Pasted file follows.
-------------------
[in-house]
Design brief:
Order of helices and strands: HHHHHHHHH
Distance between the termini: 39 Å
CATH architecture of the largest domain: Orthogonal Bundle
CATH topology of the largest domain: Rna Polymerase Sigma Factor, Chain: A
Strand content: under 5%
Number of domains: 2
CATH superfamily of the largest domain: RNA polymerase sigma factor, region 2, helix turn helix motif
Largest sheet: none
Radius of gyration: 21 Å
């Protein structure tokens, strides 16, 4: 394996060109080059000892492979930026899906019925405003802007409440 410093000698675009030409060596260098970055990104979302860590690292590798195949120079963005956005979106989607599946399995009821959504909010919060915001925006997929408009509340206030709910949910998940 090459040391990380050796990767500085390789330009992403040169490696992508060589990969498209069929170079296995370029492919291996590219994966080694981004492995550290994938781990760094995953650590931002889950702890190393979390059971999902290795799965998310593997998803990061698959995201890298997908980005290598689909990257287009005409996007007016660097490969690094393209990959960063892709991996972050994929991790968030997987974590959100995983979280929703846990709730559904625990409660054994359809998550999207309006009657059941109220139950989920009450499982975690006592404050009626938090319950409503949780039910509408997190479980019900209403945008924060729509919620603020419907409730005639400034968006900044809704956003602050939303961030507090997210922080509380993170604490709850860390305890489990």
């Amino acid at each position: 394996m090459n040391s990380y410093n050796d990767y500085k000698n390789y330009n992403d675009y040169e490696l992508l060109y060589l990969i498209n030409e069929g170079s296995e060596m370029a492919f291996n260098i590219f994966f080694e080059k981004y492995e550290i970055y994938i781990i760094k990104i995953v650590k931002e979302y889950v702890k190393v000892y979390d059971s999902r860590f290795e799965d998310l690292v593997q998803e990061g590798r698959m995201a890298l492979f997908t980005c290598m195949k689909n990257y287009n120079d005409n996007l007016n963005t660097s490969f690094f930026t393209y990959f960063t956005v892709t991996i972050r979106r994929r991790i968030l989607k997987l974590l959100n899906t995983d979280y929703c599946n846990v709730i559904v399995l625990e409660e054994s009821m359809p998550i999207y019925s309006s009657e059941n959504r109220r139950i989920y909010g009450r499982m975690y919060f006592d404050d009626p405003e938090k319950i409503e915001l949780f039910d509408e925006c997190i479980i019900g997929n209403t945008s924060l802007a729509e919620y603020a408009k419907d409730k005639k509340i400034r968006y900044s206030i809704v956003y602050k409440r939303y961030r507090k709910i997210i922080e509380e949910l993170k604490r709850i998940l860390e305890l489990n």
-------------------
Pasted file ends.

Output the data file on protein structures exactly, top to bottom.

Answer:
[in-house]
Design brief:
Order of helices and strands: HHHHHHHHH
Distance between the termini: 39 Å
CATH architecture of the largest domain: Orthogonal Bundle
CATH topology of the largest domain: Rna Polymerase Sigma Factor, Chain: A
Strand content: under 5%
Number of domains: 2
CATH superfamily of the largest domain: RNA polymerase sigma factor, region 2, helix turn helix motif
Largest sheet: none
Radius of gyration: 21 Å
């Protein structure tokens, strides 16, 4: 394996060109080059000892492979930026899906019925405003802007409440 410093000698675009030409060596260098970055990104979302860590690292590798195949120079963005956005979106989607599946399995009821959504909010919060915001925006997929408009509340206030709910949910998940 090459040391990380050796990767500085390789330009992403040169490696992508060589990969498209069929170079296995370029492919291996590219994966080694981004492995550290994938781990760094995953650590931002889950702890190393979390059971999902290795799965998310593997998803990061698959995201890298997908980005290598689909990257287009005409996007007016660097490969690094393209990959960063892709991996972050994929991790968030997987974590959100995983979280929703846990709730559904625990409660054994359809998550999207309006009657059941109220139950989920009450499982975690006592404050009626938090319950409503949780039910509408997190479980019900209403945008924060729509919620603020419907409730005639400034968006900044809704956003602050939303961030507090997210922080509380993170604490709850860390305890489990």
């Amino acid at each position: 394996m090459n040391s990380y410093n050796d990767y500085k000698n390789y330009n992403d675009y040169e490696l992508l060109y060589l990969i498209n030409e069929g170079s296995e060596m370029a492919f291996n260098i590219f994966f080694e080059k981004y492995e550290i970055y994938i781990i760094k990104i995953v650590k931002e979302y889950v702890k190393v000892y979390d059971s999902r860590f290795e799965d998310l690292v593997q998803e990061g590798r698959m995201a890298l492979f997908t980005c290598m195949k689909n990257y287009n120079d005409n996007l007016n963005t660097s490969f690094f930026t393209y990959f960063t956005v892709t991996i972050r979106r994929r991790i968030l989607k997987l974590l959100n899906t995983d979280y929703c599946n846990v709730i559904v399995l625990e409660e054994s009821m359809p998550i999207y019925s309006s009657e059941n959504r109220r139950i989920y909010g009450r499982m975690y919060f006592d404050d009626p405003e938090k319950i409503e915001l949780f039910d509408e925006c997190i479980i019900g997929n209403t945008s924060l802007a729509e919620y603020a408009k419907d409730k005639k509340i400034r968006y900044s206030i809704v956003y602050k409440r939303y961030r507090k709910i997210i922080e509380e949910l993170k604490r709850i998940l860390e305890l489990n």